Geta

Meny NO

Meteor

A short introduction to the Meteor framework.

The Meteor Framework is growing up fast, soon it will turn 1.0.

With $11.2 million in funding and a dedicated development group, Meteor is worth paying attention to. In 2012 it was the third most starred open source GitHub repository, and it has had a large community ever since.

What is it?

Writing software is too hard and it takes too long. It's time for a new way to write software ...

https://www.meteor.com/about/mission

The world wide web wasn't built for the awe and wonder we expect from modern day web applications. Like many other frameworks, Meteor addresses this problem. But Meteor is more than just another framework. It is a framework for building apps fast:

What once took weeks, even with the best tools, now takes hours with Meteor.

http://docs.meteor.com/

How to run it?

Mac and Linux: $ curl https://install.meteor.com | /bin/sh

Windows: Install from http://win.meteor.com/

After Meteor has installed, cd into a directory and run $ meteor create zoo.

zoo can be anything you'd like, this will be the name of your project.

Run $ cd zoo then $ meteor.

Open up http://localhost3000, and you'll see something like this:

This is not a very exiting application so far, what we see is just a simple boilerplate for your project. But it's a good starting point, have a look at the boilerplate code to get an idea of how Meteor works.

How to deploy it?

Run $ meteor deploy zoo.meteor.com. This is not a good option for high-volume apps running in production. But it is a convenient way of publishing your project to any available .meteor url of your choice, for example http://zoo.meteor.com .

As you'll see in the roadmap, Meteor is developing Galaxy, a commercial service for hosting Meteor apps. Meanwhile, you should consider hosting your app through a NodeJS hosting provider. Run $ meteor bundle zoo.tgz to export your production-ready application which later can be deployed to your favourite NodeJS host.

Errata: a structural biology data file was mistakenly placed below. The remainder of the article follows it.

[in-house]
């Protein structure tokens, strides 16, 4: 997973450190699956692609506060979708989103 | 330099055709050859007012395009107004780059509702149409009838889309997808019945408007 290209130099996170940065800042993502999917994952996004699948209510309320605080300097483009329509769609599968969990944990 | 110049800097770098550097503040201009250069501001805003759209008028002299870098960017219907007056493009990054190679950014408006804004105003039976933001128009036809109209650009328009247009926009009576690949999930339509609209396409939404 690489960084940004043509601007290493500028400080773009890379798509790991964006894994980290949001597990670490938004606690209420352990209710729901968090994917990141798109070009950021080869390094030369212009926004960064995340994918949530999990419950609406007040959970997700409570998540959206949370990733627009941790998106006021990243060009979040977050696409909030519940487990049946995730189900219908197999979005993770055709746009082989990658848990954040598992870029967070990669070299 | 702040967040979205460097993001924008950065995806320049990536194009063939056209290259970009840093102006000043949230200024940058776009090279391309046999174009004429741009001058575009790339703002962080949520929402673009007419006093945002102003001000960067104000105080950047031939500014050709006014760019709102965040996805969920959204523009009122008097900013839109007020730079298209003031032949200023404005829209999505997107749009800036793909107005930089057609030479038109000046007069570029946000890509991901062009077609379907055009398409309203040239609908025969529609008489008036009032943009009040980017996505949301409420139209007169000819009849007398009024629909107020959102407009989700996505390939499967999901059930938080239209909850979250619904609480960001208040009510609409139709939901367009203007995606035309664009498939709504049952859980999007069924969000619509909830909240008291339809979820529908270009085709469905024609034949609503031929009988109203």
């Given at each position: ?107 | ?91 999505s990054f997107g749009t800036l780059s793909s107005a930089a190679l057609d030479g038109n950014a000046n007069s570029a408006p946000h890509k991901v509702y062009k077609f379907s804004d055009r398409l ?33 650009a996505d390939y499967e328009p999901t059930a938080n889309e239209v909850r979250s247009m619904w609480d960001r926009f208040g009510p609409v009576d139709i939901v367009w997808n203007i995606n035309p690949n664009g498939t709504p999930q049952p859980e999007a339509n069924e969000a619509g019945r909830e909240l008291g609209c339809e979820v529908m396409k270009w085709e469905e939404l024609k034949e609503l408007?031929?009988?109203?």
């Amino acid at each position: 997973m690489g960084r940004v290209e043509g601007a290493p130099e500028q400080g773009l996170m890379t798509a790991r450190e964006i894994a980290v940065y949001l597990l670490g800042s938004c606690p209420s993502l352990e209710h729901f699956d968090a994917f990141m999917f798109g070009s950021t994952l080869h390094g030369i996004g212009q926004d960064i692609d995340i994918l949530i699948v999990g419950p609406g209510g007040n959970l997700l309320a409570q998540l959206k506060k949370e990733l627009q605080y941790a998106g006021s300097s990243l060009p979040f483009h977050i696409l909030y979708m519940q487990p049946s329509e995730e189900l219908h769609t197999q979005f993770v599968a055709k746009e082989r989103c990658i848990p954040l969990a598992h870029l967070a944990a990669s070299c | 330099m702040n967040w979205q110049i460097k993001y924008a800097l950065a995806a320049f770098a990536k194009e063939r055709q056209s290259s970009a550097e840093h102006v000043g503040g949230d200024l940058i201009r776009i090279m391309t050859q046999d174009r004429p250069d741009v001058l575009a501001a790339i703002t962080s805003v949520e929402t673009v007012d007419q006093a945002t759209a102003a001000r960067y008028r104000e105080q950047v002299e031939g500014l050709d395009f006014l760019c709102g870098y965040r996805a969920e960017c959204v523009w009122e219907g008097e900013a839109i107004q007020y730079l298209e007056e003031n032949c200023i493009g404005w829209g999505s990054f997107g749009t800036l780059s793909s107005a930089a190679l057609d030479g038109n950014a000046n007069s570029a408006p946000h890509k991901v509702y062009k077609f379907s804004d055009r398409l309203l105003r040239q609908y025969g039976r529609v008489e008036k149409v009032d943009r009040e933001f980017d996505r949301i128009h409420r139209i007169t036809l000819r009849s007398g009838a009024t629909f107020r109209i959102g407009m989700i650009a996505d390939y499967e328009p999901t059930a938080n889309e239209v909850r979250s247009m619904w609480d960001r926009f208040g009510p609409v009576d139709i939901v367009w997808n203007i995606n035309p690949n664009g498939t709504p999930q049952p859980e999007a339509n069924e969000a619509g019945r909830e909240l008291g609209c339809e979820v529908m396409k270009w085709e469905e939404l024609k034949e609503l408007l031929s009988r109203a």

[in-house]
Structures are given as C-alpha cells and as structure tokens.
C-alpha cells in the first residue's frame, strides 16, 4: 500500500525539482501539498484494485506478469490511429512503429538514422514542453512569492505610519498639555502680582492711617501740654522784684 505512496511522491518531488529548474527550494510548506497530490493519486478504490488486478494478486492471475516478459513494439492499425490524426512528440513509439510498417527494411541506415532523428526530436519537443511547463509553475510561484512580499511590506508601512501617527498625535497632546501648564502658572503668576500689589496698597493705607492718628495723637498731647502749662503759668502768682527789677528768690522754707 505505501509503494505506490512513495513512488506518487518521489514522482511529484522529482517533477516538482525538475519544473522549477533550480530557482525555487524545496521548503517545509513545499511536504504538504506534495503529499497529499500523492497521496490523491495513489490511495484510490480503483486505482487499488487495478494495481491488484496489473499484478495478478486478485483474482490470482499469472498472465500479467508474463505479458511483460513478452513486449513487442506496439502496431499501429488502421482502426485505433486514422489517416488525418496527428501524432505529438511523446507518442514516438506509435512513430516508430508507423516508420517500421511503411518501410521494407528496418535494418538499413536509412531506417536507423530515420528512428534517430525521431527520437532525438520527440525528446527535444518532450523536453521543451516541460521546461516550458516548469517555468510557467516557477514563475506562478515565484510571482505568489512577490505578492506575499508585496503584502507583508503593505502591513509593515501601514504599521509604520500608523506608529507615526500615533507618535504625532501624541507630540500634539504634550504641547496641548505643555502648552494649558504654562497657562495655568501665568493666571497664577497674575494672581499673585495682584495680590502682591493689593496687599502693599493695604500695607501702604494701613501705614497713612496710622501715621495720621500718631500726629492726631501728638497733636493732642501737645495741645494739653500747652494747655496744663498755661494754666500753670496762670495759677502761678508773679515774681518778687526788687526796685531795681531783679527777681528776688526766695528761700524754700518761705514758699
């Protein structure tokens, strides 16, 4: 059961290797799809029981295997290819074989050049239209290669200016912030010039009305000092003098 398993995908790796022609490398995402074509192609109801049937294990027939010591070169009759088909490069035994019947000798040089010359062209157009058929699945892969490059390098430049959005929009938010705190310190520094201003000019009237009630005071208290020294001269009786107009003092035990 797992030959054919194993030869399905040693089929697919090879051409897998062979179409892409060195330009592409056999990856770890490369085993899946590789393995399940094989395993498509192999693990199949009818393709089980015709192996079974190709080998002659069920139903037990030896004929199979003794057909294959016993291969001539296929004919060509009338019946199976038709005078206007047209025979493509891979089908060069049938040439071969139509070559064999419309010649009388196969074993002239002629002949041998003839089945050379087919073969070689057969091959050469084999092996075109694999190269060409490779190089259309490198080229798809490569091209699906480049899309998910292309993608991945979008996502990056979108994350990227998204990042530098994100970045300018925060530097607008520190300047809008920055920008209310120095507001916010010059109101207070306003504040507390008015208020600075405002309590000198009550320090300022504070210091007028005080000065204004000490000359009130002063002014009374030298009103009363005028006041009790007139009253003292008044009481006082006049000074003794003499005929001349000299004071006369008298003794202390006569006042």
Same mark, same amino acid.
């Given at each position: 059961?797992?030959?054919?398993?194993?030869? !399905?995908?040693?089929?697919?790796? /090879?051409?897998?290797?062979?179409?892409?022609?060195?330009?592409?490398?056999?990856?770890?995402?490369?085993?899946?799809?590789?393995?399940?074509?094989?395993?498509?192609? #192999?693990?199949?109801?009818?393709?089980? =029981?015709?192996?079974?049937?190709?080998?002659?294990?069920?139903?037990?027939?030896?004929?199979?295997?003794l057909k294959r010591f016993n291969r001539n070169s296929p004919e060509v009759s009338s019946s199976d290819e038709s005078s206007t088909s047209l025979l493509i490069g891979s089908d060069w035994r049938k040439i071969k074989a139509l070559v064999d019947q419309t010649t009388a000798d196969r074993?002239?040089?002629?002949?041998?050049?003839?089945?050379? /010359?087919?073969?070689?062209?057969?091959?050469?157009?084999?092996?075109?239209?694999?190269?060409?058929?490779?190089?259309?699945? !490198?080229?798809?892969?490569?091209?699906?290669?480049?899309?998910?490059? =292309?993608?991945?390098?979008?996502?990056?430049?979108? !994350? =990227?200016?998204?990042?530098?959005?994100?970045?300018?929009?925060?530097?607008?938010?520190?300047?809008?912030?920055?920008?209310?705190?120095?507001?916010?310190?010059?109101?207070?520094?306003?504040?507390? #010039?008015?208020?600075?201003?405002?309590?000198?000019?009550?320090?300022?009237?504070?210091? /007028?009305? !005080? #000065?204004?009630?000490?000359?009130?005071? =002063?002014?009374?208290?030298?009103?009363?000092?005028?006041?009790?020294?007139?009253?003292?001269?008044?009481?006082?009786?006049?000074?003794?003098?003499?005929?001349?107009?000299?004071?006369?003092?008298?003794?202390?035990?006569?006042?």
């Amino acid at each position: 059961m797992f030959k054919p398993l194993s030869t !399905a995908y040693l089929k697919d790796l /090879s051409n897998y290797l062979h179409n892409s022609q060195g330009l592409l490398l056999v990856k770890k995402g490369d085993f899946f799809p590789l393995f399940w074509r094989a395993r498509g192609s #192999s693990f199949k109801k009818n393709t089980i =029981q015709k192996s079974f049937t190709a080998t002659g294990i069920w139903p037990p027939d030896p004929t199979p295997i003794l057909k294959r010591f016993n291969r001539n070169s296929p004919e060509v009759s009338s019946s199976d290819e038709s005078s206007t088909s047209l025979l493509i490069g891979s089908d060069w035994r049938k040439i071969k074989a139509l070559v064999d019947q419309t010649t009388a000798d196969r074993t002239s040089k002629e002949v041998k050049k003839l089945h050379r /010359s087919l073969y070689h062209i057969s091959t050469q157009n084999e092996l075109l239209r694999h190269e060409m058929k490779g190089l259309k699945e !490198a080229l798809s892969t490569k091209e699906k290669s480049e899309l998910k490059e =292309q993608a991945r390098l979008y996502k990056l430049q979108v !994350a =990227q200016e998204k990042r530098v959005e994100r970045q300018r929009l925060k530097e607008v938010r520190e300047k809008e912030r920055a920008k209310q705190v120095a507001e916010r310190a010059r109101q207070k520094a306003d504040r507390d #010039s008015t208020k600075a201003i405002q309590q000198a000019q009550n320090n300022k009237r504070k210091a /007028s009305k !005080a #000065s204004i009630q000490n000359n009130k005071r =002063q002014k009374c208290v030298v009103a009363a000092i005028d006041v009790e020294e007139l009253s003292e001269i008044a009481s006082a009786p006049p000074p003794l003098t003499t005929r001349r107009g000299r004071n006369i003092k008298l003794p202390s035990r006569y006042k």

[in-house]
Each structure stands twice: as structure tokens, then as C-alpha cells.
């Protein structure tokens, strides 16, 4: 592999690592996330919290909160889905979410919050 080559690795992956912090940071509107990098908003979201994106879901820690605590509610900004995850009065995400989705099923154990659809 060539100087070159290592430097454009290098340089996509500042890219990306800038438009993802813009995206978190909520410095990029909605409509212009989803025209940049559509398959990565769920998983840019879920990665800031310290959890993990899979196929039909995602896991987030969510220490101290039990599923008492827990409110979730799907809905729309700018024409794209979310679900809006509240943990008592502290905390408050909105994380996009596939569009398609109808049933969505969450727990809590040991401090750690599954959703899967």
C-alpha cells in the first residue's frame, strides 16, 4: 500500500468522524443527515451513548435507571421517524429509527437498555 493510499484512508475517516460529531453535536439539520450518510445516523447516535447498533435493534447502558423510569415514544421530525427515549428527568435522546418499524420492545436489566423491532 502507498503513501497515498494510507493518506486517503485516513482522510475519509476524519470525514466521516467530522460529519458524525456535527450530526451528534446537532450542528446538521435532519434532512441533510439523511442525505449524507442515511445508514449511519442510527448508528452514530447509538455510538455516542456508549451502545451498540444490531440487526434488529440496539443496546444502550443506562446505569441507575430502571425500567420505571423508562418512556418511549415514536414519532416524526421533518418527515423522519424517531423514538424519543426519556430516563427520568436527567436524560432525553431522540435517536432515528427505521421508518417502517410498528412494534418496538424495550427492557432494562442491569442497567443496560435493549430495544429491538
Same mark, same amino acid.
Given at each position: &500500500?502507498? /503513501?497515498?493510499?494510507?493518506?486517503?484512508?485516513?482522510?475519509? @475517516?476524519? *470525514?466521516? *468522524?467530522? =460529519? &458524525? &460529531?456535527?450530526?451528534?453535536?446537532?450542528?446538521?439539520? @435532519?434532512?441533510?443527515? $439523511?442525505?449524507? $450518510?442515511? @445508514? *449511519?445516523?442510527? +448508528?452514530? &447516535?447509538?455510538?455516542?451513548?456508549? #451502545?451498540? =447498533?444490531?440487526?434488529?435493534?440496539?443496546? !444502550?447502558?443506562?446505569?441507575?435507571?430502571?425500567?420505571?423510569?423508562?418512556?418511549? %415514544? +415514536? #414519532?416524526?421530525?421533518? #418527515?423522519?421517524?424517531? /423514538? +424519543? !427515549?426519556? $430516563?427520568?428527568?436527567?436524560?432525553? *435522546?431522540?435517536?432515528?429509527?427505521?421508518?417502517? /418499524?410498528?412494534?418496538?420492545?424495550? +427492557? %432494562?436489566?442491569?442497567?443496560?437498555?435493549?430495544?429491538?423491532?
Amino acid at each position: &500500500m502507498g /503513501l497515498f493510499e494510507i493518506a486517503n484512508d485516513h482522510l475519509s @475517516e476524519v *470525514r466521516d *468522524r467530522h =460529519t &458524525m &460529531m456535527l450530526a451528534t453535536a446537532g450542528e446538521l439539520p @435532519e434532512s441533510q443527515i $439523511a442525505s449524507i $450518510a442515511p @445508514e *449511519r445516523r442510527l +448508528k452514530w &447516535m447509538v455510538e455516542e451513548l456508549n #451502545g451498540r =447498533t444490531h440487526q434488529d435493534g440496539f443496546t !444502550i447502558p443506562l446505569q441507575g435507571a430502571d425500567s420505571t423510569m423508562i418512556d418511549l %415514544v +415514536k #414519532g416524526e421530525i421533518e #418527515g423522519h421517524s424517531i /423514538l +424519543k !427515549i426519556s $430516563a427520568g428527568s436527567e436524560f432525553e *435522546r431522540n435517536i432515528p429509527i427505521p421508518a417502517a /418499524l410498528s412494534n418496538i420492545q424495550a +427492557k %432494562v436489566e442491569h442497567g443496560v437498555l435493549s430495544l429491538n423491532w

The seven principles of Meteor

See http://docs.meteor.com/#sevenprinciples

Data on the Wire.

“Don't send HTML over the network. Send data and let the client decide how to render it.”

Meteor comes with a templating language called Spacebars, which is similar to Handlebars. Other templating languages such as Jade are available as well from Meteor's own package manager https://atmospherejs.com/.

Unlike traditional websites, Meteor downloads the application's HTML templates once. After that, only data is transferred back and forth to the server; in other words, Meteor works like most single page applications.

animals.html

<template name="animals">
    <ul>
    {{#each species}}
        <li>{{name}}</li>
    {{/each}}
    </ul>
</template>

animals.js

Template.animals.species = function () {
    return Animals.find();
};

One Language.

“Write both the client and the server parts of your interface in JavaScript.”

JavaScript on the client and JavaScript on the server. This means that you can write code that runs in both environments, such as in the following example:

var message = 'Hello world';

if (Meteor.isClient) {
    console.log(message); // Hello world
}

if (Meteor.isServer) {
    console.log(message); // Hello world
}

For real-world projects, code should be split into different directories. The "client" and the "server" directories run code in their respective environemnts. The "lib" directory runs in both, this is a good place to put rules for form validation and Mongo database collections.

Database Everywhere.

“Use the same transparent API to access your database from the client or the server.”

Meteor comes with a client-side JavaScript implementation of Mongo. Forget REST, SQL, Ajax and other middlemen. Communication from the client to the database to the client is seamlessly taken care of by the framework. Write your database queries on the client, set up some permissions server-side, and let the framework handle the rest.

lib/collections.js

// Create a Mongo collection for the client and the server.
Animals = new Meteor.Collection('animals');

server/server.js

// Publish
Meteor.publish('animals', function(){ return Animals.find(); }); // Security Animals.allow({ insert: function(userId, doc){ return doc.userId == userId; }, update: function(userId, doc){ return doc.userId == userId; }, remove: function(userId, doc){ return doc.userId == userId; } });